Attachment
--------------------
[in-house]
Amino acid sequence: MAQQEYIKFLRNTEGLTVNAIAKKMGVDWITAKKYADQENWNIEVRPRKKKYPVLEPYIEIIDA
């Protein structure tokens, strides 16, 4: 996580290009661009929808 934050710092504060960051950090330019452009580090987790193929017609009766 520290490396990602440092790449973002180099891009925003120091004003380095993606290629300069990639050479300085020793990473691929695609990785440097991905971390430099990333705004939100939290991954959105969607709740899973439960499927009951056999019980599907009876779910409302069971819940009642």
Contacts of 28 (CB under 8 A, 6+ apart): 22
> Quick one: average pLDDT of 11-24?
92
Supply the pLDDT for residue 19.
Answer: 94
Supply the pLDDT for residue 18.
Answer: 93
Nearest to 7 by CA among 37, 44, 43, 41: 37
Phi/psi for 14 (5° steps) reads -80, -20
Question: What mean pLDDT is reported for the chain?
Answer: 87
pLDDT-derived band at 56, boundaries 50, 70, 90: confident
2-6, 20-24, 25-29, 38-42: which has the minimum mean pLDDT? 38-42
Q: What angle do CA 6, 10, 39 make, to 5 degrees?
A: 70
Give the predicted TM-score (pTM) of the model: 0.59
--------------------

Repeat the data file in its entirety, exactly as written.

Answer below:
[in-house]
Amino acid sequence: MAQQEYIKFLRNTEGLTVNAIAKKMGVDWITAKKYADQENWNIEVRPRKKKYPVLEPYIEIIDA
């Protein structure tokens, strides 16, 4: 996580290009661009929808 934050710092504060960051950090330019452009580090987790193929017609009766 520290490396990602440092790449973002180099891009925003120091004003380095993606290629300069990639050479300085020793990473691929695609990785440097991905971390430099990333705004939100939290991954959105969607709740899973439960499927009951056999019980599907009876779910409302069971819940009642």
Contacts of 28 (CB under 8 A, 6+ apart): 22
> Quick one: average pLDDT of 11-24?
92
Supply the pLDDT for residue 19.
Answer: 94
Supply the pLDDT for residue 18.
Answer: 93
Nearest to 7 by CA among 37, 44, 43, 41: 37
Phi/psi for 14 (5° steps) reads -80, -20
Question: What mean pLDDT is reported for the chain?
Answer: 87
pLDDT-derived band at 56, boundaries 50, 70, 90: confident
2-6, 20-24, 25-29, 38-42: which has the minimum mean pLDDT? 38-42
Q: What angle do CA 6, 10, 39 make, to 5 degrees?
A: 70
Give the predicted TM-score (pTM) of the model: 0.59